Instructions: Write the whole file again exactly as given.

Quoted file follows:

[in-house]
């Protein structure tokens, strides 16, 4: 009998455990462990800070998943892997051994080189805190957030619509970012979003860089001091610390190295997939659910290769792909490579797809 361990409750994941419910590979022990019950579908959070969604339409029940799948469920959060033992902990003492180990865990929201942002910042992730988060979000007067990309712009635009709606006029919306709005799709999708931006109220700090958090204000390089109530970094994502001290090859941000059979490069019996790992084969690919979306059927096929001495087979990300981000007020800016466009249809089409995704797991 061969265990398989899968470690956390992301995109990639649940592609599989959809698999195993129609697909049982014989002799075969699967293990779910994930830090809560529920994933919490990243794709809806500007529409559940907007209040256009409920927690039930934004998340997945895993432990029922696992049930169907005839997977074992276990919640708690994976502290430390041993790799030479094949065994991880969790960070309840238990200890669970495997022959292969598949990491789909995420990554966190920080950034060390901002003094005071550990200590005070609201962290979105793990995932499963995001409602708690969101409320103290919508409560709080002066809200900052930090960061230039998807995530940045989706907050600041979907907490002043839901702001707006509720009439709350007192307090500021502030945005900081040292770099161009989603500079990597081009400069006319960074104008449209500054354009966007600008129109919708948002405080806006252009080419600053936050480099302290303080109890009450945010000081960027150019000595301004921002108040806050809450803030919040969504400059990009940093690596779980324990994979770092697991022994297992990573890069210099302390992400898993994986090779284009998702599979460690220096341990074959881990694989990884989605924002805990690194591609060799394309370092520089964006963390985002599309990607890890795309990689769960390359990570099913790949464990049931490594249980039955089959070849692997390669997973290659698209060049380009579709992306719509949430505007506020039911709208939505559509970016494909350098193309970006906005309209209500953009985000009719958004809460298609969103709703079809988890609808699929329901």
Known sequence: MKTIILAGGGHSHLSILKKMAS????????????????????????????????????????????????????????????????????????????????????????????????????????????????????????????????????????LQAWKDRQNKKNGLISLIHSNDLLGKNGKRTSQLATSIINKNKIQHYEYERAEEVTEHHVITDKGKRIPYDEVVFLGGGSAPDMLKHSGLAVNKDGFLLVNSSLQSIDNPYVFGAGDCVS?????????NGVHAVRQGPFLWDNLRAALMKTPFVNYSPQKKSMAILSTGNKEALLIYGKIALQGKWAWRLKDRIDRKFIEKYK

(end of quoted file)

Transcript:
[in-house]
């Protein structure tokens, strides 16, 4: 009998455990462990800070998943892997051994080189805190957030619509970012979003860089001091610390190295997939659910290769792909490579797809 361990409750994941419910590979022990019950579908959070969604339409029940799948469920959060033992902990003492180990865990929201942002910042992730988060979000007067990309712009635009709606006029919306709005799709999708931006109220700090958090204000390089109530970094994502001290090859941000059979490069019996790992084969690919979306059927096929001495087979990300981000007020800016466009249809089409995704797991 061969265990398989899968470690956390992301995109990639649940592609599989959809698999195993129609697909049982014989002799075969699967293990779910994930830090809560529920994933919490990243794709809806500007529409559940907007209040256009409920927690039930934004998340997945895993432990029922696992049930169907005839997977074992276990919640708690994976502290430390041993790799030479094949065994991880969790960070309840238990200890669970495997022959292969598949990491789909995420990554966190920080950034060390901002003094005071550990200590005070609201962290979105793990995932499963995001409602708690969101409320103290919508409560709080002066809200900052930090960061230039998807995530940045989706907050600041979907907490002043839901702001707006509720009439709350007192307090500021502030945005900081040292770099161009989603500079990597081009400069006319960074104008449209500054354009966007600008129109919708948002405080806006252009080419600053936050480099302290303080109890009450945010000081960027150019000595301004921002108040806050809450803030919040969504400059990009940093690596779980324990994979770092697991022994297992990573890069210099302390992400898993994986090779284009998702599979460690220096341990074959881990694989990884989605924002805990690194591609060799394309370092520089964006963390985002599309990607890890795309990689769960390359990570099913790949464990049931490594249980039955089959070849692997390669997973290659698209060049380009579709992306719509949430505007506020039911709208939505559509970016494909350098193309970006906005309209209500953009985000009719958004809460298609969103709703079809988890609808699929329901």
Known sequence: MKTIILAGGGHSHLSILKKMAS????????????????????????????????????????????????????????????????????????????????????????????????????????????????????????????????????????LQAWKDRQNKKNGLISLIHSNDLLGKNGKRTSQLATSIINKNKIQHYEYERAEEVTEHHVITDKGKRIPYDEVVFLGGGSAPDMLKHSGLAVNKDGFLLVNSSLQSIDNPYVFGAGDCVS?????????NGVHAVRQGPFLWDNLRAALMKTPFVNYSPQKKSMAILSTGNKEALLIYGKIALQGKWAWRLKDRIDRKFIEKYK